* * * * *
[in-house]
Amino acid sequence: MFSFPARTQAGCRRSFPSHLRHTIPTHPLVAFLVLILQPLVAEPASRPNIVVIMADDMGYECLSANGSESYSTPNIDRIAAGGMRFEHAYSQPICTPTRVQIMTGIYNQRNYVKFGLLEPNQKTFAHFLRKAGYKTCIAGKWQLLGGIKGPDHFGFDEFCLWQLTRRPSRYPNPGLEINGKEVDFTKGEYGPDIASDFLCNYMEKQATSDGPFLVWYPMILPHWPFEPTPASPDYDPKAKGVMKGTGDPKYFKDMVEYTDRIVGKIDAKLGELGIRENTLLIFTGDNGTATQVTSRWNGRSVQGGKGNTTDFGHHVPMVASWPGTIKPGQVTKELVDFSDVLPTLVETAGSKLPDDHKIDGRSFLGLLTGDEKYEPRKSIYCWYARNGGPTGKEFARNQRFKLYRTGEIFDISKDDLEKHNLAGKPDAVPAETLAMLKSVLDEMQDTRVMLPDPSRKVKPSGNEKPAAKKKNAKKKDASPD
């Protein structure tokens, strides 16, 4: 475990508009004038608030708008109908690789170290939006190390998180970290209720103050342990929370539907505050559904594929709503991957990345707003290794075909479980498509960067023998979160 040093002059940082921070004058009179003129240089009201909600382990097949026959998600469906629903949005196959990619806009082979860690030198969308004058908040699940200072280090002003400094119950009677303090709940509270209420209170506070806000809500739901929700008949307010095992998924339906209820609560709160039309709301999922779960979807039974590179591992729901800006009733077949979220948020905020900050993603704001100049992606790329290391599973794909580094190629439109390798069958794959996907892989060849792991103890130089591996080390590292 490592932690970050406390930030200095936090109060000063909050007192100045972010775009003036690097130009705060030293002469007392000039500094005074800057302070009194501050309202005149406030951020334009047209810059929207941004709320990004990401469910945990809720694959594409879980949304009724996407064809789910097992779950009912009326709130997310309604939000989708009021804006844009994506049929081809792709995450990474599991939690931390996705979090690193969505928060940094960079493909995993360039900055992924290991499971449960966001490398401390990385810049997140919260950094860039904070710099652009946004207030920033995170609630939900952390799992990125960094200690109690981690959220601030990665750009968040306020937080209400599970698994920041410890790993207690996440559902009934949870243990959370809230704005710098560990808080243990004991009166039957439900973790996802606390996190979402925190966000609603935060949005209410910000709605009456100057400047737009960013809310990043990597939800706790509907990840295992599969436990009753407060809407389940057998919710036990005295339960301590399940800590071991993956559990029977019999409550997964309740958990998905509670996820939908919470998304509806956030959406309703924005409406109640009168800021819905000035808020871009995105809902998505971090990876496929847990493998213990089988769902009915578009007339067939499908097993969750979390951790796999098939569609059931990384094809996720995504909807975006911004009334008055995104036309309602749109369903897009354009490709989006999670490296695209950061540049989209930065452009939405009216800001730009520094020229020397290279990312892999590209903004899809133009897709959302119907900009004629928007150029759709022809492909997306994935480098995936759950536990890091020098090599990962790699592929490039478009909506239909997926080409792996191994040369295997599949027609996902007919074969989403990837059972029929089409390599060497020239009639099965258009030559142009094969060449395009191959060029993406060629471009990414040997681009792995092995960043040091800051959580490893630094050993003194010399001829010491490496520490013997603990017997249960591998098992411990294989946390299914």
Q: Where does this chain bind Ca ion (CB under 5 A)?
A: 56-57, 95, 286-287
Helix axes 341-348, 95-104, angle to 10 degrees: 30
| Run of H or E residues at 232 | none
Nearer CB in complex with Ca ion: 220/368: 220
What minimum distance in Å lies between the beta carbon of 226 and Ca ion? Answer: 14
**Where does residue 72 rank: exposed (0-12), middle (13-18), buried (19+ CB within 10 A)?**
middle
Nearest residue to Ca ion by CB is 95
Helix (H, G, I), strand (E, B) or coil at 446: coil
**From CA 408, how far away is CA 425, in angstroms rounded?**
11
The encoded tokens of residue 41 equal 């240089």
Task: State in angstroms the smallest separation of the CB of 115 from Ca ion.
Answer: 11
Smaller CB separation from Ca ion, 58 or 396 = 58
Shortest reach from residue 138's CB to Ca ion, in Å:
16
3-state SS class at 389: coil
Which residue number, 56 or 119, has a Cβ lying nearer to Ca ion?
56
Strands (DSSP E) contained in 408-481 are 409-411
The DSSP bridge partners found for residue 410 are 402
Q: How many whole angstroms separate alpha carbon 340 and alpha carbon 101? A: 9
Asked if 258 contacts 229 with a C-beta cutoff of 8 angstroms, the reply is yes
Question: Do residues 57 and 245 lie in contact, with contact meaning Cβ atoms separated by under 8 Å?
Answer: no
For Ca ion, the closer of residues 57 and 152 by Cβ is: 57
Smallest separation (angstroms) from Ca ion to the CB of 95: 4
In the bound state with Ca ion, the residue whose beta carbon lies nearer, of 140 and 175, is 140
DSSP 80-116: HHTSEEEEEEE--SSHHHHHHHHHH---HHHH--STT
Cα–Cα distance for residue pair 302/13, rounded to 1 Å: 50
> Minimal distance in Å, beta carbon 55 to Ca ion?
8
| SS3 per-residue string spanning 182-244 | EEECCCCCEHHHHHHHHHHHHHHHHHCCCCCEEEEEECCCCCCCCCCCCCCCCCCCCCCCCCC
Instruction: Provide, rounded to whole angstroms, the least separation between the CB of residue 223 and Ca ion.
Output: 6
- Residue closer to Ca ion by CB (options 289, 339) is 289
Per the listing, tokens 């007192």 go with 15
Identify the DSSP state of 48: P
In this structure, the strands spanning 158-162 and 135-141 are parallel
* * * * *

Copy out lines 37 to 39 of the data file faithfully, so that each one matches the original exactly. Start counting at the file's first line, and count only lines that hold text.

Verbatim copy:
8
| SS3 per-residue string spanning 182-244 | EEECCCCCEHHHHHHHHHHHHHHHHHCCCCCEEEEEECCCCCCCCCCCCCCCCCCCCCCCCCC
Instruction: Provide, rounded to whole angstroms, the least separation between the CB of residue 223 and Ca ion.